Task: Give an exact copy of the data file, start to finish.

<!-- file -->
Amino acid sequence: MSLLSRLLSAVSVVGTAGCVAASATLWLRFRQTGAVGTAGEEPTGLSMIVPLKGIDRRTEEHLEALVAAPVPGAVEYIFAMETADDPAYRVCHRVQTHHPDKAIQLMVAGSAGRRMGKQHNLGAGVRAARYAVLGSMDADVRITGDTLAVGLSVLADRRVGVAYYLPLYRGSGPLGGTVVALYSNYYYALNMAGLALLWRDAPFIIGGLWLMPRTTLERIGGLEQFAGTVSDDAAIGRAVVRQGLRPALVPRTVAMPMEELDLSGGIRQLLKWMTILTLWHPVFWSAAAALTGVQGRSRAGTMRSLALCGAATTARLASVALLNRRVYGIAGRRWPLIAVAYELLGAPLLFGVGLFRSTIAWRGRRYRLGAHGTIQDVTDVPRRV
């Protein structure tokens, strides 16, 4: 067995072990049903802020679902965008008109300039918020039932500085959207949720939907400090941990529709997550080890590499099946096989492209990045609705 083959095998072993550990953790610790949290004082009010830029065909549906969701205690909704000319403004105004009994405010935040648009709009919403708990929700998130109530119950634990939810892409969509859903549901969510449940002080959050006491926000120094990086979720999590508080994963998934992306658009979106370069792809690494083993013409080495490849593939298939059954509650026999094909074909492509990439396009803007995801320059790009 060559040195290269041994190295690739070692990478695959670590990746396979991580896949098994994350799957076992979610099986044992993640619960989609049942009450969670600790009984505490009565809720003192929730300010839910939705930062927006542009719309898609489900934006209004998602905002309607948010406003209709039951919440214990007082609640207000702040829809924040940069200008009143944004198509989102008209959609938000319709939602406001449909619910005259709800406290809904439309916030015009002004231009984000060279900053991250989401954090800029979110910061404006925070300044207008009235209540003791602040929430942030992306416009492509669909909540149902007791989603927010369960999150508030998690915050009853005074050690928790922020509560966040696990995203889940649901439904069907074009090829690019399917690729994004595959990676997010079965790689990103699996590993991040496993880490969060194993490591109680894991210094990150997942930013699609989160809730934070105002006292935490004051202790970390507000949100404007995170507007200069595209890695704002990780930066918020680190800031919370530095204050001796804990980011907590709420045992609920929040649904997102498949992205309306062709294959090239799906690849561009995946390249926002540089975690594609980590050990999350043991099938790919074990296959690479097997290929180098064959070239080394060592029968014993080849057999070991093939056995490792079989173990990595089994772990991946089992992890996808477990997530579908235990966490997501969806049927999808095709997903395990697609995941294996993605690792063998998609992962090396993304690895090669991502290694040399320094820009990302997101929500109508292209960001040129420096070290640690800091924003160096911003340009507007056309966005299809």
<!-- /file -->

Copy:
Amino acid sequence: MSLLSRLLSAVSVVGTAGCVAASATLWLRFRQTGAVGTAGEEPTGLSMIVPLKGIDRRTEEHLEALVAAPVPGAVEYIFAMETADDPAYRVCHRVQTHHPDKAIQLMVAGSAGRRMGKQHNLGAGVRAARYAVLGSMDADVRITGDTLAVGLSVLADRRVGVAYYLPLYRGSGPLGGTVVALYSNYYYALNMAGLALLWRDAPFIIGGLWLMPRTTLERIGGLEQFAGTVSDDAAIGRAVVRQGLRPALVPRTVAMPMEELDLSGGIRQLLKWMTILTLWHPVFWSAAAALTGVQGRSRAGTMRSLALCGAATTARLASVALLNRRVYGIAGRRWPLIAVAYELLGAPLLFGVGLFRSTIAWRGRRYRLGAHGTIQDVTDVPRRV
């Protein structure tokens, strides 16, 4: 067995072990049903802020679902965008008109300039918020039932500085959207949720939907400090941990529709997550080890590499099946096989492209990045609705 083959095998072993550990953790610790949290004082009010830029065909549906969701205690909704000319403004105004009994405010935040648009709009919403708990929700998130109530119950634990939810892409969509859903549901969510449940002080959050006491926000120094990086979720999590508080994963998934992306658009979106370069792809690494083993013409080495490849593939298939059954509650026999094909074909492509990439396009803007995801320059790009 060559040195290269041994190295690739070692990478695959670590990746396979991580896949098994994350799957076992979610099986044992993640619960989609049942009450969670600790009984505490009565809720003192929730300010839910939705930062927006542009719309898609489900934006209004998602905002309607948010406003209709039951919440214990007082609640207000702040829809924040940069200008009143944004198509989102008209959609938000319709939602406001449909619910005259709800406290809904439309916030015009002004231009984000060279900053991250989401954090800029979110910061404006925070300044207008009235209540003791602040929430942030992306416009492509669909909540149902007791989603927010369960999150508030998690915050009853005074050690928790922020509560966040696990995203889940649901439904069907074009090829690019399917690729994004595959990676997010079965790689990103699996590993991040496993880490969060194993490591109680894991210094990150997942930013699609989160809730934070105002006292935490004051202790970390507000949100404007995170507007200069595209890695704002990780930066918020680190800031919370530095204050001796804990980011907590709420045992609920929040649904997102498949992205309306062709294959090239799906690849561009995946390249926002540089975690594609980590050990999350043991099938790919074990296959690479097997290929180098064959070239080394060592029968014993080849057999070991093939056995490792079989173990990595089994772990991946089992992890996808477990997530579908235990966490997501969806049927999808095709997903395990697609995941294996993605690792063998998609992962090396993304690895090669991502290694040399320094820009990302997101929500109508292209960001040129420096070290640690800091924003160096911003340009507007056309966005299809």